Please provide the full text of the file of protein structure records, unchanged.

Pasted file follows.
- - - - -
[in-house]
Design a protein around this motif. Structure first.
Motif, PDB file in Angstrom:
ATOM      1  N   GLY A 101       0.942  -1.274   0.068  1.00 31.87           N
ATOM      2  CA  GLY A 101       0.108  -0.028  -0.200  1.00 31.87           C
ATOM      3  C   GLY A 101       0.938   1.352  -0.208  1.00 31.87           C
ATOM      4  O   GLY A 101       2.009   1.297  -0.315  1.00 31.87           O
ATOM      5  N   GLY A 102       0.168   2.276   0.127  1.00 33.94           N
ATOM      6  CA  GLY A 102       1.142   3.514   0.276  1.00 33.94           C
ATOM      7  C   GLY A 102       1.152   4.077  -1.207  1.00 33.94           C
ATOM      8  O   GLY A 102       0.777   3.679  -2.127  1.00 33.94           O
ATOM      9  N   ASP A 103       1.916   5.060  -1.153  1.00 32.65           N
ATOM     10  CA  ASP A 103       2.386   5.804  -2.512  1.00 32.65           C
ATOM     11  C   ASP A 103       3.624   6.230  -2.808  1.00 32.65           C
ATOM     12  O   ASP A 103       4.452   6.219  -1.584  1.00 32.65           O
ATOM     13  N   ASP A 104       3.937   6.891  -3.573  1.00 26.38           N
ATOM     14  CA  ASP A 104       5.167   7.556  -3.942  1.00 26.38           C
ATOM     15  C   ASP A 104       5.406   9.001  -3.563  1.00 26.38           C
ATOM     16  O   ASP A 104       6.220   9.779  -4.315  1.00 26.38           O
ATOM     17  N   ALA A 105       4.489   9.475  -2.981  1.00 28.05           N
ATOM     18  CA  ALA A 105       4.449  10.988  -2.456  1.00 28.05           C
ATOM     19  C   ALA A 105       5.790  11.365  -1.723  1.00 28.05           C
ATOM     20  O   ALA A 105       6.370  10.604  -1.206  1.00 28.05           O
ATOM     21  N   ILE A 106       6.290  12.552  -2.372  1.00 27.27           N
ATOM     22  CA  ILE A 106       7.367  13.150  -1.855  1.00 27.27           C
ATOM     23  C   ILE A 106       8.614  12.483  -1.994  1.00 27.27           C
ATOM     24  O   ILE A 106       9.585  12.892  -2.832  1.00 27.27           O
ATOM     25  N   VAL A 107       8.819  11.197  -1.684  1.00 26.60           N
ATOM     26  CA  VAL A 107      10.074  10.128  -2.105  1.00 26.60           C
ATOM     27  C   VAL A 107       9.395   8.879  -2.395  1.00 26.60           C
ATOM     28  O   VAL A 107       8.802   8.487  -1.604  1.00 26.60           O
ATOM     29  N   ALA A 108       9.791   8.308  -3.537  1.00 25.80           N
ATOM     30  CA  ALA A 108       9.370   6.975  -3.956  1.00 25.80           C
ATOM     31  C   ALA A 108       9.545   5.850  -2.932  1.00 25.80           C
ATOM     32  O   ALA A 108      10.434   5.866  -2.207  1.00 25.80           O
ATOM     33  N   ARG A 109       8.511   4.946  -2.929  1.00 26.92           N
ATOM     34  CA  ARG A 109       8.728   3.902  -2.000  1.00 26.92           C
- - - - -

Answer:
[in-house]
Design a protein around this motif. Structure first.
Motif, PDB file in Angstrom:
ATOM      1  N   GLY A 101       0.942  -1.274   0.068  1.00 31.87           N
ATOM      2  CA  GLY A 101       0.108  -0.028  -0.200  1.00 31.87           C
ATOM      3  C   GLY A 101       0.938   1.352  -0.208  1.00 31.87           C
ATOM      4  O   GLY A 101       2.009   1.297  -0.315  1.00 31.87           O
ATOM      5  N   GLY A 102       0.168   2.276   0.127  1.00 33.94           N
ATOM      6  CA  GLY A 102       1.142   3.514   0.276  1.00 33.94           C
ATOM      7  C   GLY A 102       1.152   4.077  -1.207  1.00 33.94           C
ATOM      8  O   GLY A 102       0.777   3.679  -2.127  1.00 33.94           O
ATOM      9  N   ASP A 103       1.916   5.060  -1.153  1.00 32.65           N
ATOM     10  CA  ASP A 103       2.386   5.804  -2.512  1.00 32.65           C
ATOM     11  C   ASP A 103       3.624   6.230  -2.808  1.00 32.65           C
ATOM     12  O   ASP A 103       4.452   6.219  -1.584  1.00 32.65           O
ATOM     13  N   ASP A 104       3.937   6.891  -3.573  1.00 26.38           N
ATOM     14  CA  ASP A 104       5.167   7.556  -3.942  1.00 26.38           C
ATOM     15  C   ASP A 104       5.406   9.001  -3.563  1.00 26.38           C
ATOM     16  O   ASP A 104       6.220   9.779  -4.315  1.00 26.38           O
ATOM     17  N   ALA A 105       4.489   9.475  -2.981  1.00 28.05           N
ATOM     18  CA  ALA A 105       4.449  10.988  -2.456  1.00 28.05           C
ATOM     19  C   ALA A 105       5.790  11.365  -1.723  1.00 28.05           C
ATOM     20  O   ALA A 105       6.370  10.604  -1.206  1.00 28.05           O
ATOM     21  N   ILE A 106       6.290  12.552  -2.372  1.00 27.27           N
ATOM     22  CA  ILE A 106       7.367  13.150  -1.855  1.00 27.27           C
ATOM     23  C   ILE A 106       8.614  12.483  -1.994  1.00 27.27           C
ATOM     24  O   ILE A 106       9.585  12.892  -2.832  1.00 27.27           O
ATOM     25  N   VAL A 107       8.819  11.197  -1.684  1.00 26.60           N
ATOM     26  CA  VAL A 107      10.074  10.128  -2.105  1.00 26.60           C
ATOM     27  C   VAL A 107       9.395   8.879  -2.395  1.00 26.60           C
ATOM     28  O   VAL A 107       8.802   8.487  -1.604  1.00 26.60           O
ATOM     29  N   ALA A 108       9.791   8.308  -3.537  1.00 25.80           N
ATOM     30  CA  ALA A 108       9.370   6.975  -3.956  1.00 25.80           C
ATOM     31  C   ALA A 108       9.545   5.850  -2.932  1.00 25.80           C
ATOM     32  O   ALA A 108      10.434   5.866  -2.207  1.00 25.80           O
ATOM     33  N   ARG A 109       8.511   4.946  -2.929  1.00 26.92           N
ATOM     34  CA  ARG A 109       8.728   3.902  -2.000  1.00 26.92           C